There is an exception: the advisory committee and the authority may act on an overseas animal trial that finds a psychoactive product “may pose more than a low risk of harm to individuals using the product”. But they are forbidden to consider any animal trial evidence in deciding that a product poses only a low risk of harm.

In short, they may only pay heed to evidence from animal trials to ban a product, not to approve it.

“Our overarching assessment, not just in the offices of the Psychoactive Substances Regulatory Authority but also on our expert advisory committee, is that, at this point in time, it is not possible to have a product approved without animal testing,” says Stewart Jessamine, group manager at the clinical leadership and product regulation branch of the Ministry of Health and effectively the personal link between the Psychoactive Substances Regulatory Authority and its new neighbour, Medsafe.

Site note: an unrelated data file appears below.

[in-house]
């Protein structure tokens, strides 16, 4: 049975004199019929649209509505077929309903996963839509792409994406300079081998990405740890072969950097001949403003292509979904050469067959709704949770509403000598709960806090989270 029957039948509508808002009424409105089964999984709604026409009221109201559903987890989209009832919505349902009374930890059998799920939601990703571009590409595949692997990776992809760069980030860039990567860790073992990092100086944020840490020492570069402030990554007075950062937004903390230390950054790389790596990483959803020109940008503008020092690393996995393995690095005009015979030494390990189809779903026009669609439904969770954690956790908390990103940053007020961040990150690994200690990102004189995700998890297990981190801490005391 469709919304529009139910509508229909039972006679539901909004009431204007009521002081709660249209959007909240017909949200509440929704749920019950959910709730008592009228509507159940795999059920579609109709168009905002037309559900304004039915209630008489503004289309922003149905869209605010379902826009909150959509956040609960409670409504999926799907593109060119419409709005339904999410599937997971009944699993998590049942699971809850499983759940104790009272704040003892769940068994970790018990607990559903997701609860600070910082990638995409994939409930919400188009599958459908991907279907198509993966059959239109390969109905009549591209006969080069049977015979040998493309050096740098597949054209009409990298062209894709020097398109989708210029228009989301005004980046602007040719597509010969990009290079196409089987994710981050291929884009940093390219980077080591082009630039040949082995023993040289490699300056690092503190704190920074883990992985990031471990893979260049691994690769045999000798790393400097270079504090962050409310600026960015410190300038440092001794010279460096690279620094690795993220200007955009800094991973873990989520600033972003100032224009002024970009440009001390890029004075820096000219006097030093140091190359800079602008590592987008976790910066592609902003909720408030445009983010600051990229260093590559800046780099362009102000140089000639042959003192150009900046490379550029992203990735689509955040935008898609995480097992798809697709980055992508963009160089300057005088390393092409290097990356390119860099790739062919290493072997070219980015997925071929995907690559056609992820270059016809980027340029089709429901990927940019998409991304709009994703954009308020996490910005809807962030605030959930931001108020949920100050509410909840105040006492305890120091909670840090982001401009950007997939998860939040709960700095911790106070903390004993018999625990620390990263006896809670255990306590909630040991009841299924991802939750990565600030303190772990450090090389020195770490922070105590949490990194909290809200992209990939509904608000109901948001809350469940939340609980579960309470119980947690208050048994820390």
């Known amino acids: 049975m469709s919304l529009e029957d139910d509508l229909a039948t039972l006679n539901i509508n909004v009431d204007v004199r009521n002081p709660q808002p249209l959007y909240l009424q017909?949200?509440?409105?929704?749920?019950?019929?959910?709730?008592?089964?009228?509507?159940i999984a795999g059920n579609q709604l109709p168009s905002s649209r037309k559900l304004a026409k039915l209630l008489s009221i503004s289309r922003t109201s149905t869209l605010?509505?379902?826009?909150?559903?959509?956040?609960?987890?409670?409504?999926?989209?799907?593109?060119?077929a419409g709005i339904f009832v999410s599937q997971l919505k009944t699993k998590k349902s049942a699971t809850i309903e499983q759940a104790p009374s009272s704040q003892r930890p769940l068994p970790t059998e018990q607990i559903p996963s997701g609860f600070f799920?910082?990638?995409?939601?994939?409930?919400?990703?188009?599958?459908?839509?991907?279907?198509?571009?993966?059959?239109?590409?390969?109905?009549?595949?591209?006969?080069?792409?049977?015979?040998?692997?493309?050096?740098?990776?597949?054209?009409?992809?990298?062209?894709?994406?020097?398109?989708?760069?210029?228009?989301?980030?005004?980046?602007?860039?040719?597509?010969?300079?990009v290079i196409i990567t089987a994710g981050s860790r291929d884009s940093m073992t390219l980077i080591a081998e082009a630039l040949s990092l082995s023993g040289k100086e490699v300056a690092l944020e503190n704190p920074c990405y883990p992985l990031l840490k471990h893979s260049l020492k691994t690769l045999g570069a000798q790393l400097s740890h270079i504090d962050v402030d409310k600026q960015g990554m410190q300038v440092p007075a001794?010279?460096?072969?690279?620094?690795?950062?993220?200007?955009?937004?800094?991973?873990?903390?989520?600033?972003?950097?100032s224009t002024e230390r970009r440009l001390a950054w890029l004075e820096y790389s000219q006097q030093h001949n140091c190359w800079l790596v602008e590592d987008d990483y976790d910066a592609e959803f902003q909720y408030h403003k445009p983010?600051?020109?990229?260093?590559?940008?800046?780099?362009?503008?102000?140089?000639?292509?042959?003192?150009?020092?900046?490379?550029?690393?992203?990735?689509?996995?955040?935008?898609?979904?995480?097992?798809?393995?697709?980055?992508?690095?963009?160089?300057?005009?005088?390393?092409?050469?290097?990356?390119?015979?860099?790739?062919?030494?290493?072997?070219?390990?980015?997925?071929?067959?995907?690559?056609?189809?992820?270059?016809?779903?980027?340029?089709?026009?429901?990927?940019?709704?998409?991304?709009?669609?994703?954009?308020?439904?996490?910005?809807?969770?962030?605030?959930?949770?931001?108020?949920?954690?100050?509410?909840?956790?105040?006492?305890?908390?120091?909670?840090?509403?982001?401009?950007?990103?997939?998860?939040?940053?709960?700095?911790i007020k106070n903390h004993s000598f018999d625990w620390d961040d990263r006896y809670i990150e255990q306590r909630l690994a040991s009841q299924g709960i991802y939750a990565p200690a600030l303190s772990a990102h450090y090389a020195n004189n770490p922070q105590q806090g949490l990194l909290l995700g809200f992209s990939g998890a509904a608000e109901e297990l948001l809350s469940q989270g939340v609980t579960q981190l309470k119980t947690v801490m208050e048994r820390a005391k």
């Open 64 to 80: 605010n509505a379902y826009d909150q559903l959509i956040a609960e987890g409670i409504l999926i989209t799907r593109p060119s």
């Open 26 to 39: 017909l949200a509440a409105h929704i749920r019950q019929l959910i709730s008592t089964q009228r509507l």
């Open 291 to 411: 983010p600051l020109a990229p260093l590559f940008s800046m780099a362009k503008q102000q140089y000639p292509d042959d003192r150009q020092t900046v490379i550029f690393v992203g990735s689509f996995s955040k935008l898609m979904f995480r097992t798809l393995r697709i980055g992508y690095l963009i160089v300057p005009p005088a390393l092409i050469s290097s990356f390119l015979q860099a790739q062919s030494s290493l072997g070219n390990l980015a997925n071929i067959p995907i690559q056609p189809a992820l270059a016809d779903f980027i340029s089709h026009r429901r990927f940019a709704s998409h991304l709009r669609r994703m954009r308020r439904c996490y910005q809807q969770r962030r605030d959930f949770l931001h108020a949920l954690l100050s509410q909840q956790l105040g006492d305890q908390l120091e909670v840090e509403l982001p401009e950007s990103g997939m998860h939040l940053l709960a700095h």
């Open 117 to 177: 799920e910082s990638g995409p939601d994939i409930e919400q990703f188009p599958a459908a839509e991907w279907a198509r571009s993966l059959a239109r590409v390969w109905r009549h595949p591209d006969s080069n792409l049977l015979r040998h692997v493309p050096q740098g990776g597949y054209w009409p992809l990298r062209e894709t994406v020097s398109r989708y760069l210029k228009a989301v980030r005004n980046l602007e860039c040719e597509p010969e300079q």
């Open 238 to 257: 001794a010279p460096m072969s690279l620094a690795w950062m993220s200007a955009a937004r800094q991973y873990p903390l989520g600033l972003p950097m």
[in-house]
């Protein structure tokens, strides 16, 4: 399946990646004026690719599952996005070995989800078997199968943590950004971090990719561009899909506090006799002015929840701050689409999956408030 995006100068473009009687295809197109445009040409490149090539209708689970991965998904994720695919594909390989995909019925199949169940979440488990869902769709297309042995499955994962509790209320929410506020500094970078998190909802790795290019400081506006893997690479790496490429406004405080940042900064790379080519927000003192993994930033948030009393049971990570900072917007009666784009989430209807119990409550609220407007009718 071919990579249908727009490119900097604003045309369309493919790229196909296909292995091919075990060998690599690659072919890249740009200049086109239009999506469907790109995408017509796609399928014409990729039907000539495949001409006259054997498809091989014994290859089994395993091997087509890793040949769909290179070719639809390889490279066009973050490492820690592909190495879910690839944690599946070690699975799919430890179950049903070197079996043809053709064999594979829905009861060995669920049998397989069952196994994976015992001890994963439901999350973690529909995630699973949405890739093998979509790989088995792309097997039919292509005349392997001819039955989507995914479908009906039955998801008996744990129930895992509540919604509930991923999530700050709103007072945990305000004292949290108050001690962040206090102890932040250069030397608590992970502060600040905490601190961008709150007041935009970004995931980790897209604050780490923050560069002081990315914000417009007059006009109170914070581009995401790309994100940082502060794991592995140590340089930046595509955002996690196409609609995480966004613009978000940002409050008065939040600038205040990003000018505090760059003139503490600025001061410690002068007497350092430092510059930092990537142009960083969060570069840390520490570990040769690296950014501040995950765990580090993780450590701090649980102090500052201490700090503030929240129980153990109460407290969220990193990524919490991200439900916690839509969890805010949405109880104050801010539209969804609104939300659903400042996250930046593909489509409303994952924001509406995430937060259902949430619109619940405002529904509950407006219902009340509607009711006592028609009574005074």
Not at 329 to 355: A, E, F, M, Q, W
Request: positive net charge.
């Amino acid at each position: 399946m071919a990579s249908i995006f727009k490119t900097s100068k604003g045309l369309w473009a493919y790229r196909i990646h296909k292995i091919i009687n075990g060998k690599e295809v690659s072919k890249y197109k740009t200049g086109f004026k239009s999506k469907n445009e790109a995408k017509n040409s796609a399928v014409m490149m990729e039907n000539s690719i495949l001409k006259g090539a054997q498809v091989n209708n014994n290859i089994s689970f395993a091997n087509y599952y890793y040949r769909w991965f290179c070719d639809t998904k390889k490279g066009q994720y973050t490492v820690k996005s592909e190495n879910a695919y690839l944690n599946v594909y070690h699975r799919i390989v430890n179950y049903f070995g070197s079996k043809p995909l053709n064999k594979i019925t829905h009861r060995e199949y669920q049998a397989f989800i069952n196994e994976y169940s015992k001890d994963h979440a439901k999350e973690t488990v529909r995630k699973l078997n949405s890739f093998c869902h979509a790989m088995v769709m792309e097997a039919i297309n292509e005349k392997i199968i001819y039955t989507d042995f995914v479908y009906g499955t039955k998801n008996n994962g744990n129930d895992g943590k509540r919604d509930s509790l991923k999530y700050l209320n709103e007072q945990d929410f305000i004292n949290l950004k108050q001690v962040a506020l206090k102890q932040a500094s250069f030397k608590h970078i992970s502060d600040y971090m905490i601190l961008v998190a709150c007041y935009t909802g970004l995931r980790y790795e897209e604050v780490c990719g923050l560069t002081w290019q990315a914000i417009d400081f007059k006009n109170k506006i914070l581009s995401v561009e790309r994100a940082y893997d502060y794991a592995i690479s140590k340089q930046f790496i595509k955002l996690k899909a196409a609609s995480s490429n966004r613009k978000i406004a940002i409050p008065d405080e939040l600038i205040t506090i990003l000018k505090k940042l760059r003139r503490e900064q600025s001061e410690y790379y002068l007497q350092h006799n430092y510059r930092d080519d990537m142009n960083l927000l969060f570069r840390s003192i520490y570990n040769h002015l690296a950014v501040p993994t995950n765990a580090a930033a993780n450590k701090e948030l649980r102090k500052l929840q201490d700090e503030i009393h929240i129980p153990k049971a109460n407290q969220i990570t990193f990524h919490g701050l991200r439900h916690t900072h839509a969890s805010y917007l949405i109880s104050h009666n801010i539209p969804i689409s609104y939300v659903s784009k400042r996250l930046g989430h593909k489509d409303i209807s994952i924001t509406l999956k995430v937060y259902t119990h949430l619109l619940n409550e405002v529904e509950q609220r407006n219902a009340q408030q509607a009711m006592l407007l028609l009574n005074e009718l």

“Obviously, that’s a major barrier to new products entering the market.”

Other interested parties speculated to Matters of Substance about possible workarounds, but as of now, the situation is this: the process created to approve and license psychoactive products – thus taking manufacture and sale out of the hands of the unregulated black market – cannot possibly approve or license any product.

To understand this strange situation, it’s useful to look back on the Psychoactive Substances Act’s difficult infancy.